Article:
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Woman charged with animal cruelty after dog found locked in hot car

July 29, 2013

A photo of the dog found locked in a hot car Sunday, taken by Woonsocket police.

WOONSOCKET – A 20-year-old city woman is facing criminal charges after an emaciated, sickly pit bull was found in a hot, locked car, parked in direct sunlight with the windows rolled up.
Keisha A. Davis was arraigned in District Court Monday on charges of unnecessary cruelty to an animal and animal neglect.
“Unfortunately, they’re state charges,” said Animal Control Officer Doris Kay. “I say unfortunately because I would have liked to give her a ticket myself.”
The ACO now has custody of the roughly six-month-old, brown-and-white pit, which was discovered about 6 p.m. Sunday in a car behind 36 Fairmount St.
The temperature in the car was estimated to be 100 degrees at the time. Dog feces were smeared on the back windows and seats of the white Hyundai when the dog, nearly dehydrated from the heat, was freed from the vehicle. Police said the dog also showed signs of long-term mistreatment.
“The conditions he was found in were really deplorable,” Kay said. “He’s been neglected. He’s got some type of a rash – what that is we won’t know until he’s seen by a veterinarian. He was on the way to dehydration. His legs were wobbly when he walked. His nails were long.”
“He seems to be doing a little better today,” Kay added.
How long the dog was inside the car is unclear. Police said the dog was found by the driver of a tow truck who was dispatched to the scene because Davis had locked her keys in the Hyundai.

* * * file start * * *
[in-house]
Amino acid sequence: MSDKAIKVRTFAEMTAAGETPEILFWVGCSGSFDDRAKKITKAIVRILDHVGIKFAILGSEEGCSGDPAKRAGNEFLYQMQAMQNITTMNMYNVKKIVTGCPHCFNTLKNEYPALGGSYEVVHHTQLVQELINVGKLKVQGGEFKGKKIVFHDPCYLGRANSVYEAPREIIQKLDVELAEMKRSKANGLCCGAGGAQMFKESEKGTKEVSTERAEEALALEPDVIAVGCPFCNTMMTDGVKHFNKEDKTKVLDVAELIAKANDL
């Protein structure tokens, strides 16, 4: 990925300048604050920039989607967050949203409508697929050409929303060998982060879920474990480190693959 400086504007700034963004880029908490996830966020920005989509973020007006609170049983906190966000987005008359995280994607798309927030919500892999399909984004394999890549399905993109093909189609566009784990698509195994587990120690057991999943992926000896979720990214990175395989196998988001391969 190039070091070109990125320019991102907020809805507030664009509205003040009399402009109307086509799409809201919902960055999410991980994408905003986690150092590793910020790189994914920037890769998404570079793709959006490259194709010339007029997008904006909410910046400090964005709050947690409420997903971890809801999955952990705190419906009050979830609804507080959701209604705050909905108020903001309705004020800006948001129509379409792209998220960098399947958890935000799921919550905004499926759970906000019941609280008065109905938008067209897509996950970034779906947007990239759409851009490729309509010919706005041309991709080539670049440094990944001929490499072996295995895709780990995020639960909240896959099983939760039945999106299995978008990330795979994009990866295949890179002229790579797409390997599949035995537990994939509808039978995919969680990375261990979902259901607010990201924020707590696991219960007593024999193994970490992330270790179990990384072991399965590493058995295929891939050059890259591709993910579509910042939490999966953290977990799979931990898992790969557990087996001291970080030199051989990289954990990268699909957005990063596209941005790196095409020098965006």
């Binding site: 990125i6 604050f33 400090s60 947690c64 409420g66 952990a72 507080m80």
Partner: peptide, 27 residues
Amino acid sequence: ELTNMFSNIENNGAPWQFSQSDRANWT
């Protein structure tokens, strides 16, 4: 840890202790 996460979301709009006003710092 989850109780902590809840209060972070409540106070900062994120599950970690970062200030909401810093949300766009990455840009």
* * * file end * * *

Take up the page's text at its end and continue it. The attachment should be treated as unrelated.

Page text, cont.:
Jonathan Rivera, the driver for Interstate Towing, told police his dispatcher was never told there was also a dog locked in the car.
Rivera was on the scene for 20 minutes before he even noticed the animal in the back seat.
He said he sounded the horn of his truck and knocked on every door in the apartment building to look for the owner of the car, but he couldn’t find anyone.
After a few more minutes, Rivera noticed the dog “shaking uncontrollably” and decided he couldn’t wait any longer to get some help for the animal.
He unlocked the door and called the police, who later found Davis in her apartment. The dog quickly lapped up a couple of bottles of water.
Police said Davis admitted the dog hadn’t been fed for a full day. She said her schedule had been unusually hectic because she was in the process of moving out of 36 Fairmount St. into another apartment on the other side of town.
Based on their interview with Davis, police said they couldn’t figure out how long the dog was inside the car. While Rivera said his company was dispatched about 5:30 p.m., police said Davis did not make it clear to them how long the keys and the dog were locked in the car before she called.
Patrolman Dan Lajoie concluded that the mistreatment of the animal began well before it was placed in the vehicle, however.
“It was immediately apparent that the dog had been neglected for some time,” he said in a report.
Police Chief Thomas Carey was appalled by the situation. He said the incident comes amid a flurry of public serving announcements about the dangers associated with the weather – the hottest July on record since the National Weather Service has been tracking figures gathered at TF Green Airport in Warwick.
“How many times have they said it?” Carey. “No children and no pets in cars during the summertime.”
Both of the charges lodged against Davis are misdemeanors, which means they carry a maximum penalty of up to a year in jail and a $1,000 fine. Kay said it would be up to a judge to determine whether Davis will be allowed to get the dog back, if she wants it.
She was released on personal recognizance after her arraignment Monday. She’s due back in court on Aug. 19.
Follow Russ Olivo on Twitter @russolivo

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